(CBS) If as a fan you’ve ever wondered if your feelings of disgust regarding your favorite team matter to the power brokers in charge, this will be refreshing.
Blackhawks fans’ booing at the end of Chicago’s 5-0 loss to Nashville in Game 2 of their first-round playoff series in April was jarring to the organization’s top officials. President John McDonough acknowledged that in an interview with Mike Mulligan and David Haugh on 670 The Score on Monday morning while discussing the team’s recent moves — which included high-profiles trades of Niklas Hjalmarsson to the Coyotes and then Artemi Panarin the the Blue Jackets in exchange for Brandon Saad — and how to classify the recent roster overhaul.
“The expectations are we’re going to be in the mix, of course,” McDonough said in noting the Stanley Cup goal stays the same. “I would just put it under the category of changes. It’s not a rebuild, it’s not a retool. It’s just changes. When you’re in a salary cap world and you have a finite amount of money to spend, change is going to happen. During the 2016-2017 season, we had the second-best record in the history of the franchise. And you don’t necessarily anticipate that you’re going to get knocked out 1-0, 5-0 in the second game of that series. At home, we were booed out of the building. I hadn’t heard that before. It was a real shock. It was a real wake-up call and it was a tough night. You know, 1-0 after the first game — ‘OK, that’s certainly possible.’ But the second game was tough, then you had a 2-0 lead going into the third period of the third game and you lose in overtime. Certainly stunning, certainly a wake-up call, got everybody’s attention over at our place, and we’re going to try to do everything we can to make sure that doesn’t happen again.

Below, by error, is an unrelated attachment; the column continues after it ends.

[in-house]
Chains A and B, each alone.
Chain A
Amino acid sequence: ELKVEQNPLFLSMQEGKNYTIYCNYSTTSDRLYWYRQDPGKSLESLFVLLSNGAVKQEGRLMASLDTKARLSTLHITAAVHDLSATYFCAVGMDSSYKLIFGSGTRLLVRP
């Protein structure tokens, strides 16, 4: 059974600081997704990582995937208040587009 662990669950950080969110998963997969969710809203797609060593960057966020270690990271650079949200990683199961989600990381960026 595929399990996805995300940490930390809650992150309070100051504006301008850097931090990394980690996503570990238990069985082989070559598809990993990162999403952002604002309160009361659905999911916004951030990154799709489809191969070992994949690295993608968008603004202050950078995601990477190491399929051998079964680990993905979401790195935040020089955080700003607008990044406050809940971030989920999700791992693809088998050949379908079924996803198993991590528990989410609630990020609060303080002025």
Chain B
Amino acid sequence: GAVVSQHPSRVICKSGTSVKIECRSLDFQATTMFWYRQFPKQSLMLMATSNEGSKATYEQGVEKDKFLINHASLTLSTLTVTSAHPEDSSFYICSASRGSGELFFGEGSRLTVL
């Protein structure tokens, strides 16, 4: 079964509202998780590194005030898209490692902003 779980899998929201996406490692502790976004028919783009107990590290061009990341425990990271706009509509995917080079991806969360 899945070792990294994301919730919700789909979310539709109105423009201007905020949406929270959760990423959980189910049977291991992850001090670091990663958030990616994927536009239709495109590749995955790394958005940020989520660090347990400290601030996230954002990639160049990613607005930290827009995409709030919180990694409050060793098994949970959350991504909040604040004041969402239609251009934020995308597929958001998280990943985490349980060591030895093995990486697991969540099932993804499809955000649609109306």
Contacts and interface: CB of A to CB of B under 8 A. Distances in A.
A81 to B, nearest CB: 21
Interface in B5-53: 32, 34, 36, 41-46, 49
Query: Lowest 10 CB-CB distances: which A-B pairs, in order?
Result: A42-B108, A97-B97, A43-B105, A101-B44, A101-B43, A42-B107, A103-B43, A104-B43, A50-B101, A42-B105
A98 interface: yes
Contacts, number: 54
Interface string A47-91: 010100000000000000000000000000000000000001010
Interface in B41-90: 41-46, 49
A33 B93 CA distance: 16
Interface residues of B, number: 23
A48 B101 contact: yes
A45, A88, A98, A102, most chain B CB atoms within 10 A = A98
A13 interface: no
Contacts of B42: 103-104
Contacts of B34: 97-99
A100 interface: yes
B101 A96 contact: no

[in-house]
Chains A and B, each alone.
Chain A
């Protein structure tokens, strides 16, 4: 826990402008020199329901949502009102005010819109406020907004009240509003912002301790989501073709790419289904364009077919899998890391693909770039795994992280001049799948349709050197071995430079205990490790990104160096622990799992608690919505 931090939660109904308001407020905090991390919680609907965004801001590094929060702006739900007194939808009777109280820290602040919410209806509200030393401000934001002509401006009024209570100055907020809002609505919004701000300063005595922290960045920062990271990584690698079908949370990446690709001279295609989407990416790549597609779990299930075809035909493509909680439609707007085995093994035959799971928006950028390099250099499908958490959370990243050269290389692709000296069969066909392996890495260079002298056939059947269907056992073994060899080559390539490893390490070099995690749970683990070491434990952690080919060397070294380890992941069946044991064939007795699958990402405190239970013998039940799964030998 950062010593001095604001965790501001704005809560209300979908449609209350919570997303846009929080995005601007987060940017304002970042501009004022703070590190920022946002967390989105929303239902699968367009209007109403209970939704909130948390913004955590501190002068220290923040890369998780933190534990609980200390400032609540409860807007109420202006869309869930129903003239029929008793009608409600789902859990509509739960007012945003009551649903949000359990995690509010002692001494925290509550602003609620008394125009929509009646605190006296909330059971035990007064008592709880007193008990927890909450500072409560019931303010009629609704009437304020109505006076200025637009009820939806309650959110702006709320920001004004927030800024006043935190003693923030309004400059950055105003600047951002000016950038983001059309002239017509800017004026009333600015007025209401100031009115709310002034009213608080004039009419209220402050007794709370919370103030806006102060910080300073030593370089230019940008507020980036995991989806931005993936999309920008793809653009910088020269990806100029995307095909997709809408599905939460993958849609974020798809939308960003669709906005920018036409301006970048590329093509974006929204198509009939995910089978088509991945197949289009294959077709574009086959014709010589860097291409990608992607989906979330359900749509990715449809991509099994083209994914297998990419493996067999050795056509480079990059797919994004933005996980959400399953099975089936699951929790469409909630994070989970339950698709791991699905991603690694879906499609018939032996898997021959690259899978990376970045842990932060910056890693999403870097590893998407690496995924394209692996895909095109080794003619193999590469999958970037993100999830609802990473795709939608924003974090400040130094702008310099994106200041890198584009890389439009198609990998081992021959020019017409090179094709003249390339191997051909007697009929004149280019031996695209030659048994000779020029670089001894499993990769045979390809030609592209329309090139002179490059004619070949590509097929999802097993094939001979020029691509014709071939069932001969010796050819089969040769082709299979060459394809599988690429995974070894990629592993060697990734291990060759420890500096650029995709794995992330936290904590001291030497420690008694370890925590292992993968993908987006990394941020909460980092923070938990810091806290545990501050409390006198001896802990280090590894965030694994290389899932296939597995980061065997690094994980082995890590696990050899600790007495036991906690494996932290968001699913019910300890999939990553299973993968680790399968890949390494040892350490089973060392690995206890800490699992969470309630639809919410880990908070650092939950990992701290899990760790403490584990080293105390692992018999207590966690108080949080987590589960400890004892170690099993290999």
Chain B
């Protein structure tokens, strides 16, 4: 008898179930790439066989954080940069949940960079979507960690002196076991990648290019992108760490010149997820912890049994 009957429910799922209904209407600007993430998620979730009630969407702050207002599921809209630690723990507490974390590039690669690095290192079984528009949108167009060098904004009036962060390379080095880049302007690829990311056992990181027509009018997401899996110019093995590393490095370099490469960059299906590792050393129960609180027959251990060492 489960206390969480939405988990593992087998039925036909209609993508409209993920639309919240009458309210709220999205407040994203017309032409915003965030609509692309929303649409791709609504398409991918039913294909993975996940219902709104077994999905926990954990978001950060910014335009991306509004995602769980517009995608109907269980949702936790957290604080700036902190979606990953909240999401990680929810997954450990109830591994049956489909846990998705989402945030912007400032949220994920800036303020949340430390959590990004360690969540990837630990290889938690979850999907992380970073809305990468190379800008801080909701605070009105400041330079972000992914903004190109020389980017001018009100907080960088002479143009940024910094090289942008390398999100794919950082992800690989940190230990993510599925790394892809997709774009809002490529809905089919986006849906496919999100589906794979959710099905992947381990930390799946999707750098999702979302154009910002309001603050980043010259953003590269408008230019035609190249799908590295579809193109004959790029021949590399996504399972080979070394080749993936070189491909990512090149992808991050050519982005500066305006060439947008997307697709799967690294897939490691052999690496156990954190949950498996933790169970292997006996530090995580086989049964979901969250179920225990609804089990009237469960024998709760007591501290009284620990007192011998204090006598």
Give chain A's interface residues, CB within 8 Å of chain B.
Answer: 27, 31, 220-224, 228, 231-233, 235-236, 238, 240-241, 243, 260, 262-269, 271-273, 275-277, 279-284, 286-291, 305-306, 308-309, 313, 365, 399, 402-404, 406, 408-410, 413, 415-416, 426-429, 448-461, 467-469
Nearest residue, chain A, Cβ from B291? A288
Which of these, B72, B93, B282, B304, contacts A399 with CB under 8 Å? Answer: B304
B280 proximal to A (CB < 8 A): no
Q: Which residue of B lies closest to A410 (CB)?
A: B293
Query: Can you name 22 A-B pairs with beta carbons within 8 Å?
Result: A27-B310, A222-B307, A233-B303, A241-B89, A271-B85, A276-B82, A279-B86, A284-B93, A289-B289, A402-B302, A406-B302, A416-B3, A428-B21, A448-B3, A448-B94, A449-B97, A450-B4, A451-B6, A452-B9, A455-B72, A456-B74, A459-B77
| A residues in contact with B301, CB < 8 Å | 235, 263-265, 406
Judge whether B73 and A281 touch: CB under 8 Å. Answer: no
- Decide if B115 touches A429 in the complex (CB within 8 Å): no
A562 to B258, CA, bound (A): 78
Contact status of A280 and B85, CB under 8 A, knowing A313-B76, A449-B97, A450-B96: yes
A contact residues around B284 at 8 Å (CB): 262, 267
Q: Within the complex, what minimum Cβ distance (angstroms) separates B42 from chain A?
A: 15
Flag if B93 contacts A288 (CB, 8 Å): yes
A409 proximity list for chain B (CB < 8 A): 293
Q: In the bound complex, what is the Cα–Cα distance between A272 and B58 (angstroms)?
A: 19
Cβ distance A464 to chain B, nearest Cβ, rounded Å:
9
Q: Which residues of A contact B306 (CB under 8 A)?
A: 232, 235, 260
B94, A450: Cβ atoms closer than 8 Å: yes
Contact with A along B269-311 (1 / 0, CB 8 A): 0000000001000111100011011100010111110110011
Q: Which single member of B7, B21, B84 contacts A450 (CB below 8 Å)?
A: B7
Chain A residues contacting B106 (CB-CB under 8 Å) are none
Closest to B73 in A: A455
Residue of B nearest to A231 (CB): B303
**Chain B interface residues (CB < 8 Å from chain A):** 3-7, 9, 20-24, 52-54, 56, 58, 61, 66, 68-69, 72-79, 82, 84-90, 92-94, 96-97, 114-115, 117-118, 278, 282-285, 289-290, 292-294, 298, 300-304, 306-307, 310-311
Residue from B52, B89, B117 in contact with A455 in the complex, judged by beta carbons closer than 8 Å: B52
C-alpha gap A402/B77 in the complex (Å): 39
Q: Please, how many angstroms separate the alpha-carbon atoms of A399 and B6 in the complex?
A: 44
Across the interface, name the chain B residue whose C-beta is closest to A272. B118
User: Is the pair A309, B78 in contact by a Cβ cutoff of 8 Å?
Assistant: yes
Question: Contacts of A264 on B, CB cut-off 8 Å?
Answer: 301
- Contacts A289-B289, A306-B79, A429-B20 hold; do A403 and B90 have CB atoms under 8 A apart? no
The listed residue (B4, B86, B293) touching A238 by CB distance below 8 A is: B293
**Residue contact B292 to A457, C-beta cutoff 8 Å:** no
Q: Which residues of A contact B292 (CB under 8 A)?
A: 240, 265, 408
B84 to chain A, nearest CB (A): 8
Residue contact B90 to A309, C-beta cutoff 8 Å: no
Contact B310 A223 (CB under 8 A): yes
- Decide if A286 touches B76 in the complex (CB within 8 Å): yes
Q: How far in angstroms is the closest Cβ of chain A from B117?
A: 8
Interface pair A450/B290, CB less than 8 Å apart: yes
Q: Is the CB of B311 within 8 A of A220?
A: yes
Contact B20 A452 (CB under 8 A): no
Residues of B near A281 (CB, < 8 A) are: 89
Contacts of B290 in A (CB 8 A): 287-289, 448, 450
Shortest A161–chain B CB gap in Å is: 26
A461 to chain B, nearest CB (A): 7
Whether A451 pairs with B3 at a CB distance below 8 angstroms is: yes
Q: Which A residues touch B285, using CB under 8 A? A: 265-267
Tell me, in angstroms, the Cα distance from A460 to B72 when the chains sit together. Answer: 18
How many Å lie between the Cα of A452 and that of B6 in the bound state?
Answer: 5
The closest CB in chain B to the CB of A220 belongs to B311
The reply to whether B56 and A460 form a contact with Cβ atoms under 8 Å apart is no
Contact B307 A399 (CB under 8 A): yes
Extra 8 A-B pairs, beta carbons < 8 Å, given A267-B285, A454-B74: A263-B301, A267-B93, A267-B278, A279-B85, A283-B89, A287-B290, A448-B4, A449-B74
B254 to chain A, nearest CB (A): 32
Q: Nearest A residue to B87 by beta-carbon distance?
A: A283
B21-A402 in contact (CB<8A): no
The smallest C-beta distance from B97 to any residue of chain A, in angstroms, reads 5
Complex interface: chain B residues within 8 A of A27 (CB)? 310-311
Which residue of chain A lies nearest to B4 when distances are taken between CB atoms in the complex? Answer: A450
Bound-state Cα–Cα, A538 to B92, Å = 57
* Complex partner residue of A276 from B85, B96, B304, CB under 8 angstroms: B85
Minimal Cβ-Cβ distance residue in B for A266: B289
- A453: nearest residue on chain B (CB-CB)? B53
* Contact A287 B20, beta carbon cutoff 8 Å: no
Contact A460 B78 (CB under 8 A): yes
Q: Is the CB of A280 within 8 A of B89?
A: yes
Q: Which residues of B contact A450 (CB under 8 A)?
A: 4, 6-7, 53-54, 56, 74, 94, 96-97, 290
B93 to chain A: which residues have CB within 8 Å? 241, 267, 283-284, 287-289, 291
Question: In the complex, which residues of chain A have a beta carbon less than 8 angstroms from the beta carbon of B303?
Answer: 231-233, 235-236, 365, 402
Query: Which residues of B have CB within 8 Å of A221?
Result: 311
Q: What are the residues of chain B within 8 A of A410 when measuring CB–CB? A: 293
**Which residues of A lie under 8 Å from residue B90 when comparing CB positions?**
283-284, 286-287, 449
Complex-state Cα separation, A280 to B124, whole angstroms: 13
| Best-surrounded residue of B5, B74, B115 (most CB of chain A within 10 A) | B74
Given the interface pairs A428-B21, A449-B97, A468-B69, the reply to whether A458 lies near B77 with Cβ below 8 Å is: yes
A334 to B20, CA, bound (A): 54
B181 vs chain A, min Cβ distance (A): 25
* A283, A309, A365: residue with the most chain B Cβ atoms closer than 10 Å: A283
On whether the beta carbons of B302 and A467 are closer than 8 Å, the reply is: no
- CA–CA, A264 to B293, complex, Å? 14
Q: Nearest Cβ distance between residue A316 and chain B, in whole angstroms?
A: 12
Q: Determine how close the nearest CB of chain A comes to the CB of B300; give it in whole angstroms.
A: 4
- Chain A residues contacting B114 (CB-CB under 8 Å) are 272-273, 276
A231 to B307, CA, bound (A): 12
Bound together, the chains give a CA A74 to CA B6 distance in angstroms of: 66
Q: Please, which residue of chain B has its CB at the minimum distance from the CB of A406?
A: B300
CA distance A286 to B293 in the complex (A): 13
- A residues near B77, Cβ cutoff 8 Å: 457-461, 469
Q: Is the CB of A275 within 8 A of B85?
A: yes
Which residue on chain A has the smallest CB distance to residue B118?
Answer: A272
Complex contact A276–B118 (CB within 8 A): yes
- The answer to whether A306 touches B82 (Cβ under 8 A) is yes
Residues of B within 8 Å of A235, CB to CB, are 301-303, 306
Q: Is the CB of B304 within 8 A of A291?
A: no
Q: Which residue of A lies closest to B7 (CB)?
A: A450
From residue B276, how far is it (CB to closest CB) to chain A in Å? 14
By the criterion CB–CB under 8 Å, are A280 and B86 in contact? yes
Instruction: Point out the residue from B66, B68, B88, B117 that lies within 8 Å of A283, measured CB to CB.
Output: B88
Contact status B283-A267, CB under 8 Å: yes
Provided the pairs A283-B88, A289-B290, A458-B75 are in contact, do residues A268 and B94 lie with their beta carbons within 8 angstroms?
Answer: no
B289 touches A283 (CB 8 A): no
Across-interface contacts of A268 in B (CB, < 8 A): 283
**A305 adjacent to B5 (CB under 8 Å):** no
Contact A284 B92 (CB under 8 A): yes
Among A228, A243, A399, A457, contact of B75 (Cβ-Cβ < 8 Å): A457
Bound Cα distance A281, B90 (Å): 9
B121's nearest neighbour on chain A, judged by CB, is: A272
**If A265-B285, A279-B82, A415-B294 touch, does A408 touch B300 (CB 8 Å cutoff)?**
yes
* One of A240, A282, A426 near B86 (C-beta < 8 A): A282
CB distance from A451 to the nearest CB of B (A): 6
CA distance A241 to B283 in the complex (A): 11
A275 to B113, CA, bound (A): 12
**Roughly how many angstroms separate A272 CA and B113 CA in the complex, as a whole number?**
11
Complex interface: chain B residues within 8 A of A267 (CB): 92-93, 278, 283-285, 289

McDonough understands why the exit of a player like Hjalmarsson, a key piece of three championship teams, hits everyone so hard.
“All of us would like in a perfect world for these players to stay their entire career with the Blackhawks,” he said. “I think in some instances it’s a sense of shock when these guys move. When they go to another team, it takes a while to sink in.”
Listen to McDonough’s full interview below.